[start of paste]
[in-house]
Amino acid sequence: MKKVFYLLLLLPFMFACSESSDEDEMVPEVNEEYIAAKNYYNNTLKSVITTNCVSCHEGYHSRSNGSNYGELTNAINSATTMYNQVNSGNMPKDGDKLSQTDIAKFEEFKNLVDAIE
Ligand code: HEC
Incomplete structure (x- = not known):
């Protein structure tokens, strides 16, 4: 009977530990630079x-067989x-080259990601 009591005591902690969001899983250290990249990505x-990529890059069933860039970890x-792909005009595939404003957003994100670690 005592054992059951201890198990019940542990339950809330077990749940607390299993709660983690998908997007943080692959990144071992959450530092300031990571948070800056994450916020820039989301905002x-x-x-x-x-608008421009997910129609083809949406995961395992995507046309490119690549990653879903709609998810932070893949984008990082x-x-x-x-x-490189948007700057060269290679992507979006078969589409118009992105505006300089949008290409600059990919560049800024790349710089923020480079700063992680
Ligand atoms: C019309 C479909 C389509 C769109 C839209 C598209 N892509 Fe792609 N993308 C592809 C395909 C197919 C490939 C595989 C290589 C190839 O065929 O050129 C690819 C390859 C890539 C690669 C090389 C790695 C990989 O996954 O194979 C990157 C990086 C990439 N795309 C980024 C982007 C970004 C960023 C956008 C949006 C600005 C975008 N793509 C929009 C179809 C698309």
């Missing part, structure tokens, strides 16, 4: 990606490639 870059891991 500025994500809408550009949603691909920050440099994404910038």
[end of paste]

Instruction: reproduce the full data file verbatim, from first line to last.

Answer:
[in-house]
Amino acid sequence: MKKVFYLLLLLPFMFACSESSDEDEMVPEVNEEYIAAKNYYNNTLKSVITTNCVSCHEGYHSRSNGSNYGELTNAINSATTMYNQVNSGNMPKDGDKLSQTDIAKFEEFKNLVDAIE
Ligand code: HEC
Incomplete structure (x- = not known):
């Protein structure tokens, strides 16, 4: 009977530990630079x-067989x-080259990601 009591005591902690969001899983250290990249990505x-990529890059069933860039970890x-792909005009595939404003957003994100670690 005592054992059951201890198990019940542990339950809330077990749940607390299993709660983690998908997007943080692959990144071992959450530092300031990571948070800056994450916020820039989301905002x-x-x-x-x-608008421009997910129609083809949406995961395992995507046309490119690549990653879903709609998810932070893949984008990082x-x-x-x-x-490189948007700057060269290679992507979006078969589409118009992105505006300089949008290409600059990919560049800024790349710089923020480079700063992680
Ligand atoms: C019309 C479909 C389509 C769109 C839209 C598209 N892509 Fe792609 N993308 C592809 C395909 C197919 C490939 C595989 C290589 C190839 O065929 O050129 C690819 C390859 C890539 C690669 C090389 C790695 C990989 O996954 O194979 C990157 C990086 C990439 N795309 C980024 C982007 C970004 C960023 C956008 C949006 C600005 C975008 N793509 C929009 C179809 C698309």
């Missing part, structure tokens, strides 16, 4: 990606490639 870059891991 500025994500809408550009949603691909920050440099994404910038």